Blood, Tin, Straw

by Sharon Olds
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Last Updated on May 7, 2015, by eNotes Editorial. Word Count: 1903

A preponderance of historical evidence has demonstrated that the relaxation or removal of restraints on artistic expression is not necessarily a move to creative freedom. To take advantage of the verbal license afforded to modern writers requires, at a minimum, a degree of maturity that recognizes the cheap, obvious, and tired nature of most erotica. To use this freedom really effectively, a writer must be able to integrate the erotic impulse with the total personality of its progenitor. From the beginning of her life as a poet, Sharon Olds has brought a facility for graphic description to an exploration of her intense emotional responses to her father, her family, and her relationships with the men in her life, effectively establishing a gulf between the critics who have felt that her efforts at “poeticizing sex” were too often composed of “emptily familiar four-letter words” and those who see her writing about the physical as a singular strength in which “the body becomes a sacred text to be learned.” Her sixth collection, Blood, Tin, Straw, carries her concerns with the skin as an extension of the soul even further into the realm of the senses, while continuing to demonstrate a mature sensibility that operates beyond the need to indulge the still sensationalist shock power of erotic consciousness.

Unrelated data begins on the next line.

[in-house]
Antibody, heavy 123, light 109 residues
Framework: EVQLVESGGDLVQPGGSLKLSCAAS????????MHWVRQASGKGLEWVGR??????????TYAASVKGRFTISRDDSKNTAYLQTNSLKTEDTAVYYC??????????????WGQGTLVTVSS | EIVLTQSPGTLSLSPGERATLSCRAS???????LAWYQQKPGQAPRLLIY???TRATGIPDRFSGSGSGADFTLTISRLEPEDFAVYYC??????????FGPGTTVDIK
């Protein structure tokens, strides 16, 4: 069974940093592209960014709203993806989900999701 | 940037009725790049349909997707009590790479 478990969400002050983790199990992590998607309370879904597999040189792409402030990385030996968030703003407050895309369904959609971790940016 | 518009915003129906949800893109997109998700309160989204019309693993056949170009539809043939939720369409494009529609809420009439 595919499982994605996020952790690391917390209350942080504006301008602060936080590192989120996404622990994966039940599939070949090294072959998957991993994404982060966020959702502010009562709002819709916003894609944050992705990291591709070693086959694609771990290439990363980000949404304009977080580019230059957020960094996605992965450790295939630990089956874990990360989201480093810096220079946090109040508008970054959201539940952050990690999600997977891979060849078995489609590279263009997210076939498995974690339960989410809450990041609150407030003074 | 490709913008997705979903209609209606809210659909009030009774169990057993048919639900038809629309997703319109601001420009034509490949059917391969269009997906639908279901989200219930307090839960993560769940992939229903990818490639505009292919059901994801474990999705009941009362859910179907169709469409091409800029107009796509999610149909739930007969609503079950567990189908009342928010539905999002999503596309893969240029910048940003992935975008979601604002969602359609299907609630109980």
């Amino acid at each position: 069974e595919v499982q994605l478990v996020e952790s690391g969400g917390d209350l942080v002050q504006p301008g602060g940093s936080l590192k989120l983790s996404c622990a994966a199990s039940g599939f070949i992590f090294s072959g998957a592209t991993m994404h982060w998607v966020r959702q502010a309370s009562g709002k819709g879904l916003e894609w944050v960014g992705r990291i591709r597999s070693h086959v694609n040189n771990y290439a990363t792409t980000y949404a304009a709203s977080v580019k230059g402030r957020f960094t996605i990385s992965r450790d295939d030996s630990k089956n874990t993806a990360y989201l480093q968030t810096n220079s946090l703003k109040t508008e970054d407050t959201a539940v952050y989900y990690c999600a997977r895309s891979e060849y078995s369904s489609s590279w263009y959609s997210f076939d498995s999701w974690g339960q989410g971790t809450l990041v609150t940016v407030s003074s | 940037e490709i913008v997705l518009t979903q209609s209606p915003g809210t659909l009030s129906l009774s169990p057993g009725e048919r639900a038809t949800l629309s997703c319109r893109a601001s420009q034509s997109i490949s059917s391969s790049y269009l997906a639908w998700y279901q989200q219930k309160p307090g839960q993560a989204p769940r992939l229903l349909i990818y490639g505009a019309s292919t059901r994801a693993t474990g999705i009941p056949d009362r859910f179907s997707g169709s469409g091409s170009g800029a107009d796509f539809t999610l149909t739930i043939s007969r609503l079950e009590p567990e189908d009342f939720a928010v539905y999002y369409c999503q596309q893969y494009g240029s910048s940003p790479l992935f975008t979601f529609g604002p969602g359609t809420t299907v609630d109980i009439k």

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The absence of an exploitative agenda is a paramount feature of Olds’s poetry, while her fascination with both the psychology of arousal and the body’s physical response to more than physical stimulation has produced what reviewer Janet McCann has accurately identified as “an invasive form of psychological realism.” The insertion of the self directly into her poems as an unavoidable component, plus the scale of her involvement with the fullest range of erotic experience, inevitably results in some degree of unevenness in Olds’s work. However, to say, as Ken Tucker asserts in a generally negative review, that her “autobiographical themes, expressed in language alternately artless and ornate, are beginning to show some strain” is to imply an impossible level of achievement that no writer can realistically maintain. Not every poem, even from that of a master such as Irish poet Seamus Heaney, can be a “masterpiece,” and to focus on the perceived failure of some poems, particularly those examining the most personal parts of human behavior, is to miss the exceptional accomplishment of Olds’s best writing. In addition, the subjective taste of a reader is likely to be a crucial component of judgment when considering the functions of the body. An individual’s aversion to the exploration of biological detail, no matter how artfully expressed—when “artful” is itself a matter of contention—further complicates matters of aesthetic evaluation. There may also be a degree of subconscious bias on the part of some readers when confronted with poems that depend on the facts of maternity, a subject in which feminist theory is far from unified and which some male reviewers might still find disconcerting. What matters most in Blood, Tin, Straw is not femininity or maternity but poetry, and the strongest poems in the volume are arguably at least the equal of the ones in earlier books, which were honored with several prestigious awards.